Tips for understanding and lowering your bad cholesterol levels
Cholesterol is a white substance made from fat that helps to form a protective sheath around nerve fibers and the outer membrane of cells. It is found in butter, meat, egg yolk, dairy products or seafood, unlike plants that do not contain it.
To begin here is a small video that explains very well the principle to lower its cholesterol:
Cholesterol and health
As with other lipids, the body needs cholesterol, but in small amounts. Although cholesterol has beneficial functions for the body, consuming too much can lead to deposits on the artery wall and clot formation (arteriosclerosis). The accumulation of these deposits can cause a slowing of the blood circulation up to the heart attack.
The formation of cholesterol
Two-thirds of the cholesterol in the human body is produced by the body, including the liver (liver synthesis). The rest comes from our diet. Cholesterol can form in free form or in esterified form (associated with a fatty acid).
Studies have shown that people on saturated fat diets significantly increase their blood cholesterol levels. Otherwise, people on a diet based on unsaturated lipids lower their cholesterol levels in the blood. Therefore, the consumption of fat does not necessarily result in the formation of cholesterol. This is explained by the presence of lipoproteins.
How to lower cholesterol
To lower your cholesterol level, you must identify foods that contain saturated fatty acids to consume less frequently. The main sources of saturated fats are dairy products, cheese, butter, pastries, sausages, eggs and red meats (prefer lean meats such as turkey, steak, ham or skinless chicken). . Some fibers such as apples, carrots, bean sprouts, sliced fruits and legumes help lower cholesterol levels. Finally, fish oils are a good source of unsaturated fats to reduce its LDL lipoprotein levels. For accompanying oils, preferably use olive or rapeseed oil.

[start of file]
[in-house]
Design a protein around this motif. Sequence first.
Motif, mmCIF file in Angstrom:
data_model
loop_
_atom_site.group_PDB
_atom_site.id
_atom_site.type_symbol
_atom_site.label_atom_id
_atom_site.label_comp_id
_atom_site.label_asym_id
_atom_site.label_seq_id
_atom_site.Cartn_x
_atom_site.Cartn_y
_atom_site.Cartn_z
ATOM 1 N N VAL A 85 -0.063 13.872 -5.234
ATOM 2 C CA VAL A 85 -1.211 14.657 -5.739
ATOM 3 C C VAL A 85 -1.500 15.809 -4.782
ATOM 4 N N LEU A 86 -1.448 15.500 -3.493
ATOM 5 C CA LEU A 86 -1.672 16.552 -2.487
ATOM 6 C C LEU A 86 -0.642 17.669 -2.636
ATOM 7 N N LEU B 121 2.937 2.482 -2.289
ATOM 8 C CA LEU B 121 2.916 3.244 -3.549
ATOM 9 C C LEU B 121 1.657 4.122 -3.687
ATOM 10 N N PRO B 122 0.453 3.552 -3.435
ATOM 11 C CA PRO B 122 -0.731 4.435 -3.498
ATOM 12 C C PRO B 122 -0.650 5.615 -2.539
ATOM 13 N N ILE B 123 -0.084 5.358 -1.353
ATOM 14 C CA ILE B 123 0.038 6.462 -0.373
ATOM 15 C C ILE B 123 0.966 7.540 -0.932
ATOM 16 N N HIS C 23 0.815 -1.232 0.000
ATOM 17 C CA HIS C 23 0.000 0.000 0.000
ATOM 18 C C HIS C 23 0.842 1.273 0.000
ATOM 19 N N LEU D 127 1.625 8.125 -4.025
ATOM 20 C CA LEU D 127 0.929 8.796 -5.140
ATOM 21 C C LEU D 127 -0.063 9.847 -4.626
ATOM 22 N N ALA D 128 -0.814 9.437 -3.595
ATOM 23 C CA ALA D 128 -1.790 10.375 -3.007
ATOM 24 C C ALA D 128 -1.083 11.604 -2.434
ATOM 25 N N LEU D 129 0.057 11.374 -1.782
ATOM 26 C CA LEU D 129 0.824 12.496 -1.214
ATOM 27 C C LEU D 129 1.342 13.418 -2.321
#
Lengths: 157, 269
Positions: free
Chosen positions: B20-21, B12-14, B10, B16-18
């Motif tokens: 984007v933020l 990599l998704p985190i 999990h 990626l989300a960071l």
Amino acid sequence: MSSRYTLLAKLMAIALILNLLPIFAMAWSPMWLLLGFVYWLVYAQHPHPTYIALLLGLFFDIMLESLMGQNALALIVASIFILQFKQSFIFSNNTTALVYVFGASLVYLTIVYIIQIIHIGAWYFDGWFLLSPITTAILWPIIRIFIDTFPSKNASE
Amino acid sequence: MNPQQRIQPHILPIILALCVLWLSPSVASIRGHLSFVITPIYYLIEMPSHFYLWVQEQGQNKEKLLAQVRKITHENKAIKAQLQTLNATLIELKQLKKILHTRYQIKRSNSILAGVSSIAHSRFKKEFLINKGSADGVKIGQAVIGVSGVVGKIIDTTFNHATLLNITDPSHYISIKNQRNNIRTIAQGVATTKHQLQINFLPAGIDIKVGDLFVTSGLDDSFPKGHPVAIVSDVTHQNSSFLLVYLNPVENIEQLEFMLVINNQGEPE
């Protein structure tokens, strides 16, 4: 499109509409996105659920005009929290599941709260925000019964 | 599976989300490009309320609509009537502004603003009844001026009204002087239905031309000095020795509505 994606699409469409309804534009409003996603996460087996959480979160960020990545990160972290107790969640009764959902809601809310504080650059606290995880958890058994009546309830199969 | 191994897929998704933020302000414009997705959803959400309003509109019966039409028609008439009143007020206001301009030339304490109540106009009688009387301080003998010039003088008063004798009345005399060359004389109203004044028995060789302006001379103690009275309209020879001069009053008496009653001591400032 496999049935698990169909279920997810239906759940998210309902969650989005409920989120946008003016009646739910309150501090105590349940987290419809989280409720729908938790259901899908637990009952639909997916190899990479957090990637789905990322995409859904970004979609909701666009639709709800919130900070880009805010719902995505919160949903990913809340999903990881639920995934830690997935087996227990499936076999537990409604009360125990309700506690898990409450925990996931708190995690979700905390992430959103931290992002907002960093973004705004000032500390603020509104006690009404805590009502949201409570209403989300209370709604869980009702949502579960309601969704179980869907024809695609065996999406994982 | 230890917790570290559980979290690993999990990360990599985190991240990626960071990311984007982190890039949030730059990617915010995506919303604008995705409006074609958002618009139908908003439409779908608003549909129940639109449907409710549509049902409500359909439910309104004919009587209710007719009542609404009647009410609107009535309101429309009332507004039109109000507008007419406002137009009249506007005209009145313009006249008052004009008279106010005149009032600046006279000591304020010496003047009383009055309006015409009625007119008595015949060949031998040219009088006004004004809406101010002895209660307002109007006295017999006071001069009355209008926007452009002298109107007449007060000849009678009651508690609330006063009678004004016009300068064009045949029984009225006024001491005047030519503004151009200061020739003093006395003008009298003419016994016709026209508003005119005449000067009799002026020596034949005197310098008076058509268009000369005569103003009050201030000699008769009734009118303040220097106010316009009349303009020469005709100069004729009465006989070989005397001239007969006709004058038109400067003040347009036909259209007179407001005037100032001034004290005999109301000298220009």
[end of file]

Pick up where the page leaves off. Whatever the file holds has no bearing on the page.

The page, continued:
LDL and HDL lipoproteins
Lipoproteins are associations of proteins, cholesterol and lipids. Their role is to transport lipids throughout the body. Low density lipoproteins (LDL) and high density lipoproteins (HDL) are distinguished.
LDL lipoproteins are composed of 80% lipids, including a lot of cholesterol. They are also called bad cholesterol. They promote the transport of cholesterol from the intestine to the arteries. A diet rich in saturated fats (butters, animal fats) helps to increase LDL levels in the body, and therefore increases the overload of fats in the tissues, especially in the coronary arteries. This is why an excess of saturated lipids is dangerous for health.
HDL lipoproteins are composed of 50% lipids. They contain more amino acids, they are called good cholesterol. HDL promotes the transport of cholesterol to the liver where it will be eliminated. Many nutrients can increase the concentration of HDL: magnesium, iodine, chromium, manganese, essential fatty acids such as omega-3, B vitamins, choline or inositol (the latter two are found in large quantities in soy lecithin).
● LDLs promote cholesterol deposition in the tissues and coronary arteries
● HDLs carry cholesterol to the liver and thus contribute to its breakdown
● Cholesterol buildup in the arteries can lead to cardiac arrest
● Saturated fatty acids increase the amount of cholesterol LDL lipoprotein levels in the body
● Unsaturated fatty acids increase HDL lipoprotein levels in the body